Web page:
Fits a Bunch of Models with PhyML
This function calls PhyML and fits successively 28 models of DNA evolution. The results are saved on disk, as PhyML usually does, and returned in R as a vector with the log-likelihood value of each model.
phymltest(seqfile, format = "interleaved", itree = NULL, exclude = NULL, execname = NULL, append = TRUE) ## S3 method for class 'phymltest': print(x, ...) ## S3 method for class 'phymltest': summary(object, ...) ## S3 method for class 'phymltest': plot(x, main = NULL, col = "blue", ...)
- a character string giving the name of the file that contains the DNA sequences to be analysed by PhyML.
- a character string specifying the format of the DNA
"interleaved"(the default), or
- a character string giving the name of a file with a tree
in Newick format to be used as an initial tree by PhyML. If
NULL(the default), PhyML uses a ``BIONJ'' tree.
- a vector of mode character giving the models to be excluded from the analysis. These must be among those below, and follow the same syntax.
- a character string specifying the name of the PhyML
executable. This argument can be left as
NULLif PhyML's default names are used:
- a logical indicating whether to erase previous PhyML output files if present; the default is to not erase.
- an object of class
- an object of class
- a title for the plot; if left
NULL, a title is made with the name of the object (use
main = ""to have no title).
- a colour used for the segments showing the AIC values (blue by default).
- further arguments passed to or from other methods.
The present function requires version 3.0.1 of PhyML; it won't work with older versions.
The user must take care to set correctly the three different paths involved here: the path to PhyML's binary, the path to the sequence file, and the path to R's working directory. The function should work if all three paths are different. Obviously, there should be no problem if they are all the same.
The following syntax is used for the models:
where "X" is the first letter of the author of the model, "Y" and "Z" are possibly other co-authors of the model, "00" is the year of the publication of the model, and "+I" and "+G" indicates whether the presence of invariant sites and/or a gamma distribution of substitution rates have been specified. Thus, Kimura's model is denoted "K80" and not "K2P". The exception to this rule is the general time-reversible model which is simple denoted "GTR" model.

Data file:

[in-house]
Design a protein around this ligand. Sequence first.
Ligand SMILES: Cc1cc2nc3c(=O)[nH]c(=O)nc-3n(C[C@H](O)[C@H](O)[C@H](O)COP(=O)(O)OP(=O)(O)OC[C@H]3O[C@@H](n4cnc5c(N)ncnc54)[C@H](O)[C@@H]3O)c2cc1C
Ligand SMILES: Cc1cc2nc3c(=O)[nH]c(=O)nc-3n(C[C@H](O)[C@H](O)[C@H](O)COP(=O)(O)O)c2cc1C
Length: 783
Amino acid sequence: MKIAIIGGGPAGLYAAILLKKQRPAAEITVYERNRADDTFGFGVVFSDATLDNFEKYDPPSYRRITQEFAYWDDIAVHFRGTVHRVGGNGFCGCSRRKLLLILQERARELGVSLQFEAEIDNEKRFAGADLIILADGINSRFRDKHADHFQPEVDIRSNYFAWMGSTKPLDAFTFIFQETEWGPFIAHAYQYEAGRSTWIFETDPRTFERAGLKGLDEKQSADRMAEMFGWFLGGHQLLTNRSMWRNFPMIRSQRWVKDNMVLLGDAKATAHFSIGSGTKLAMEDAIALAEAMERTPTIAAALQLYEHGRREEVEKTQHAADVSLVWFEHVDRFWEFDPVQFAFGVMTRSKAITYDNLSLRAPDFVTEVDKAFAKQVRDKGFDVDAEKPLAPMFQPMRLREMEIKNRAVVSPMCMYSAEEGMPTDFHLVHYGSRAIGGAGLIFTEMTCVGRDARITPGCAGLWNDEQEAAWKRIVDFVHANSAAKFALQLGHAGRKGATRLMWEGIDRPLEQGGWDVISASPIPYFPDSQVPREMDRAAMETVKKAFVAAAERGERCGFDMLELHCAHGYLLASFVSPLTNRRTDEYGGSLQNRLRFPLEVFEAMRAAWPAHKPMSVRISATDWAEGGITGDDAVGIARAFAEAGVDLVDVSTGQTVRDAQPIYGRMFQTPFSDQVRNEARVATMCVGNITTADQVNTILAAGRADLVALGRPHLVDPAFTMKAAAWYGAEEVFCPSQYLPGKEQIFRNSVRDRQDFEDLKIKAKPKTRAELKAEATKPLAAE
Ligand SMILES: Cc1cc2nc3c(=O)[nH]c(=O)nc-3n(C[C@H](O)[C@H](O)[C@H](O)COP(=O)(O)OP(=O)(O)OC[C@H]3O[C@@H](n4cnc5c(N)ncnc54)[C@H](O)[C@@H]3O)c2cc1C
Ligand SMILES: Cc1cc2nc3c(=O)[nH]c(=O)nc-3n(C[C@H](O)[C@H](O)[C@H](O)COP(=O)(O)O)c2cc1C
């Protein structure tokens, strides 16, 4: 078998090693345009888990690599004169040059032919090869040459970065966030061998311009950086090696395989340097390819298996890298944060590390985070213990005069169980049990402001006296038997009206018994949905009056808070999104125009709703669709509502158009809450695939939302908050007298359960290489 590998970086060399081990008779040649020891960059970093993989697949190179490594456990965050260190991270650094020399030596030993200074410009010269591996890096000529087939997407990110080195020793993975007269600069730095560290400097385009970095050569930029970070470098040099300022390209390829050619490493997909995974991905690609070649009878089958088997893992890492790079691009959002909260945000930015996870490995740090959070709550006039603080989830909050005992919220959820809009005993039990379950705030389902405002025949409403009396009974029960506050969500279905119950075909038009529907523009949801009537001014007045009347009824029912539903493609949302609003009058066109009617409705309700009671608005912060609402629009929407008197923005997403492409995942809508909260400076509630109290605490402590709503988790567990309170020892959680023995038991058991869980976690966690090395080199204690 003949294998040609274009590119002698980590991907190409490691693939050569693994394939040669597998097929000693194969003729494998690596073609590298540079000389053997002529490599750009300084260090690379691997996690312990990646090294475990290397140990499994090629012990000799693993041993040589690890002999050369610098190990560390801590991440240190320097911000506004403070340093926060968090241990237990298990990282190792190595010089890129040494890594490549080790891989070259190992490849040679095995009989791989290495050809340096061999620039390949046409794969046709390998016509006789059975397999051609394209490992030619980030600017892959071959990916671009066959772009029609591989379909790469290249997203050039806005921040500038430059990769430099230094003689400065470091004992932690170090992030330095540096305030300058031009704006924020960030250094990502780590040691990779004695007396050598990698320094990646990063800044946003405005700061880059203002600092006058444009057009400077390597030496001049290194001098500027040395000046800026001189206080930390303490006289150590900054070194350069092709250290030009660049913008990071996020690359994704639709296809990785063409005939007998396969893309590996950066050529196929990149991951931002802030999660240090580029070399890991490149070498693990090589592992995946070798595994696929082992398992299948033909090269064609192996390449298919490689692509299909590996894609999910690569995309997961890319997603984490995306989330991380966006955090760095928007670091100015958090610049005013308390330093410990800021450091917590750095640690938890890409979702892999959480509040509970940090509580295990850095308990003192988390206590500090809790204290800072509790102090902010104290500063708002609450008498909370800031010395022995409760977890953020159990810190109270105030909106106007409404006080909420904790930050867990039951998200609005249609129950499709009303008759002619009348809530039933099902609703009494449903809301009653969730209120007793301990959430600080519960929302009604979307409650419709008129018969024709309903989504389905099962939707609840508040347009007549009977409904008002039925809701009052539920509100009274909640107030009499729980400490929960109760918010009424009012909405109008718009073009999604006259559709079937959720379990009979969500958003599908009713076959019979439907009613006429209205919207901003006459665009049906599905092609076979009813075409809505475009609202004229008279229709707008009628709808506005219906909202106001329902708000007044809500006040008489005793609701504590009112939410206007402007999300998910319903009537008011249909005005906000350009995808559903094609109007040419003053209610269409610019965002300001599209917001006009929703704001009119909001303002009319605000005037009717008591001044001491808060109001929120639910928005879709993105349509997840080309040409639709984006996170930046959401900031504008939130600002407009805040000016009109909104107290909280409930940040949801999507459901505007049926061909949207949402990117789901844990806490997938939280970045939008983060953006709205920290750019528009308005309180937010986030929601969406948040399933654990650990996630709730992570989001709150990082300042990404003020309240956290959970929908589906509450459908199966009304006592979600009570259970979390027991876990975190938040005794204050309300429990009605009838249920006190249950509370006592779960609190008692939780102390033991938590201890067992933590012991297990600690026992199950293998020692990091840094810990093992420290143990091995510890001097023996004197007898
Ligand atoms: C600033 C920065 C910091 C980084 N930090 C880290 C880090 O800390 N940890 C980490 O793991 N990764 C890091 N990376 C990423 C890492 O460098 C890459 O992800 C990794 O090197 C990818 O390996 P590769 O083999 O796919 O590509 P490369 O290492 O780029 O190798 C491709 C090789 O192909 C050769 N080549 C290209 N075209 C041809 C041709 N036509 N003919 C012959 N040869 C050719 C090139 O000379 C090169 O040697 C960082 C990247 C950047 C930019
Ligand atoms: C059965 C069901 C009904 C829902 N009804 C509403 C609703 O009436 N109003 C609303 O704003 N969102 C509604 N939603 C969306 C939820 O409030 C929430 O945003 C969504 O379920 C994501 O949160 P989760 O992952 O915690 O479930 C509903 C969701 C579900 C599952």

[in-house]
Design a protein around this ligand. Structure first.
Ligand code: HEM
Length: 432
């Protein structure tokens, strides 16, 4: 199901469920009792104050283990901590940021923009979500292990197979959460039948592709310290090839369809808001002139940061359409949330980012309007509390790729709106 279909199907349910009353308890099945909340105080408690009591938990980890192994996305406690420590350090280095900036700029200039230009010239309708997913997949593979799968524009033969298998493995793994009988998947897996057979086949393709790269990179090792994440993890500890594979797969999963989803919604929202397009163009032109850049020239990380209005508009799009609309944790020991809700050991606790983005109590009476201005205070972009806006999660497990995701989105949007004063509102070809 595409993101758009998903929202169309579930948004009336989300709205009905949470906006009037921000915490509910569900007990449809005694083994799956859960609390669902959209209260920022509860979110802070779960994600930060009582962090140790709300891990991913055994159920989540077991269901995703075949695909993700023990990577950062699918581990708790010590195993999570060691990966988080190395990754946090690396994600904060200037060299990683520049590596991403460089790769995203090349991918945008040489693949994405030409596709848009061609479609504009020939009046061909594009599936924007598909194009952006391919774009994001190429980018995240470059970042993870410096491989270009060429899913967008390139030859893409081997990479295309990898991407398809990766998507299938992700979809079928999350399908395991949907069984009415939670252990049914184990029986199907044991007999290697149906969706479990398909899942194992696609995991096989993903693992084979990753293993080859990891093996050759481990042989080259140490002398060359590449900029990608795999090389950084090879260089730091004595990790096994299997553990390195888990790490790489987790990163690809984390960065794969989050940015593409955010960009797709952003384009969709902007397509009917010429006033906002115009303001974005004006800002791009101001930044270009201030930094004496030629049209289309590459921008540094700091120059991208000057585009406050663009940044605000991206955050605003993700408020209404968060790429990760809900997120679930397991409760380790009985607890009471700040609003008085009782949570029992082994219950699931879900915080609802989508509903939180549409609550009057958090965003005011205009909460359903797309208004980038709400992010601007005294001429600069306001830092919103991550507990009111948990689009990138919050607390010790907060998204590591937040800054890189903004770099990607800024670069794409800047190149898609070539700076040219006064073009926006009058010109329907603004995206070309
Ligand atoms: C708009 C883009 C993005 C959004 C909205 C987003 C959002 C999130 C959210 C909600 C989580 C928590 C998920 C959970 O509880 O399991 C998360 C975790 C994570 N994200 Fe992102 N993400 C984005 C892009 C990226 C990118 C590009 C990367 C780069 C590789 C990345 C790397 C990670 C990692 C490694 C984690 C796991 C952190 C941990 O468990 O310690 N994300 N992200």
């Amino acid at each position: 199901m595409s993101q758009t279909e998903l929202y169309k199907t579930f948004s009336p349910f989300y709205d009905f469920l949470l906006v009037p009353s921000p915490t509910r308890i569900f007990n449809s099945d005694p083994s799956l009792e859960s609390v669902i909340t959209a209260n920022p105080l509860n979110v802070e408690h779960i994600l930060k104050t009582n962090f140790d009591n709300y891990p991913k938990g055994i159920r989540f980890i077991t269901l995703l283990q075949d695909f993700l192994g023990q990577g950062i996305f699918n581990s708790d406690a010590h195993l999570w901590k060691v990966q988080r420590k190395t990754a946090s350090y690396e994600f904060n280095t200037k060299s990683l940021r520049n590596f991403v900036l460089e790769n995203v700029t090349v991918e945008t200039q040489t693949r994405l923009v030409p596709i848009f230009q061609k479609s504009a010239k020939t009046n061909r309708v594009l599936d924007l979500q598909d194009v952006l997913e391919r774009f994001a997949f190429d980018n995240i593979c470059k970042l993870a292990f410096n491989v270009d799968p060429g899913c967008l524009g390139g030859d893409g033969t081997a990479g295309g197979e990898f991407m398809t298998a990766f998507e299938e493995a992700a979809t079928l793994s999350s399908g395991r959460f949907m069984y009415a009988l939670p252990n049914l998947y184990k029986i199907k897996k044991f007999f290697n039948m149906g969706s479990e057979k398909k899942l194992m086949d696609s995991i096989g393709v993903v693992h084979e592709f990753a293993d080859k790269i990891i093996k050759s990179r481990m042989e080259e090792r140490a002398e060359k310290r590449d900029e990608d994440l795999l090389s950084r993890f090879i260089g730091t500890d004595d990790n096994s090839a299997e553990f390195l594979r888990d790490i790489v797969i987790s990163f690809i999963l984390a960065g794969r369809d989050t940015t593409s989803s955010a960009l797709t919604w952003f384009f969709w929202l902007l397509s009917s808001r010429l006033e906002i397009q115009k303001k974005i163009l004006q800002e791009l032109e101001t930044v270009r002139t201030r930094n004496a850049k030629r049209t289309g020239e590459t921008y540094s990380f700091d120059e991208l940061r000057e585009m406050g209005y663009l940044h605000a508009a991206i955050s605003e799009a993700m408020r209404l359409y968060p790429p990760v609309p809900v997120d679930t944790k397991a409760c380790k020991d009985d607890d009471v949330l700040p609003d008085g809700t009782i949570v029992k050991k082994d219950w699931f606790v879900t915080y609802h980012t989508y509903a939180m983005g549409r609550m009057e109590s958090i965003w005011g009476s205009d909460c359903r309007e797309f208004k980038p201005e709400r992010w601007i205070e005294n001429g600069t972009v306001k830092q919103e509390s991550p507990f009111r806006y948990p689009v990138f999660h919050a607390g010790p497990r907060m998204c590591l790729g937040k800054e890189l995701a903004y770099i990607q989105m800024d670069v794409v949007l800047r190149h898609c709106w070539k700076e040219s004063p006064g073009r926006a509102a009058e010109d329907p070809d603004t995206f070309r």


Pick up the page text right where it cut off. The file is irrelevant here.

The seven substitution models used are: "JC69", "K80", "F81", "F84",
"HKY85", "TN93", and "GTR". These models are then altered by adding
the "+I" and/or "+G", resulting thus in four variants for each of them
(e.g., "JC69", "JC69+I", "JC69+G", "JC69+I+G"). Some of these models
are described in the help page of
When a gamma distribution of substitution rates is specified, four categories are used (which is PhyML's default behaviour), and the ``alpha'' parameter is estimated from the data.
For the models with a different substition rate for transitions and transversions, these rates are left free and estimated from the data (and not constrained with a ratio of 4 as in PhyML's default).
path2exec has been removed in the present version:
the path to PhyML's executable can be specified with the option
phymltestreturns an object of class
"phymltest": a numeric vector with the models as names.
"phymltest"as matrix with the name of the models, the number of free parameters, the log-likelihood value, and the value of the Akaike information criterion (AIC = -2 * loglik + 2 * number of free parameters)
summarymethod prints all the possible likelihood ratio tests for an object of class
plotmethod plots the values of AIC of an object of class
"phymltest"on a vertical scale.
It is important to note that the models fitted by this function is only a small fraction of the models possible with PhyML. For instance, it is possible to vary the number of categories in the (discretized) gamma distribution of substitution rates, and many parameters can be fixed by the user. The results from the present function should rather be taken as indicative of a best model.
Posada, D. and Crandall, K. A. (2001) Selecting the best-fit model of nucleotide substitution. Systematic Biology, 50, 580--601.
Guindon, S. and Gascuel, O. (2003) A simple, fast, and accurate
algorithm to estimate large phylogenies by maximum likelihood.
Systematic Biology, 52, 696--704.
### A `fake' example with random likelihood values: it does not ### make sense, but does not need PhyML and gives you a flavour ### of what the output looks like: x <- runif(28, -100, -50) names(x) <- .phymltest.model class(x) <- "phymltest" x summary(x) plot(x) plot(x, main = "", col = "red") ### This example needs PhyML, copy/paste or type the ### following commands if you want to try them, eventually ### changing setwd() and the options of phymltest() setwd("D:/phyml_v2.4/exe") # under Windows data(woodmouse) write.dna(woodmouse, "woodmouse.txt") X <- phymltest("woodmouse.txt") X summary(X) plot(X)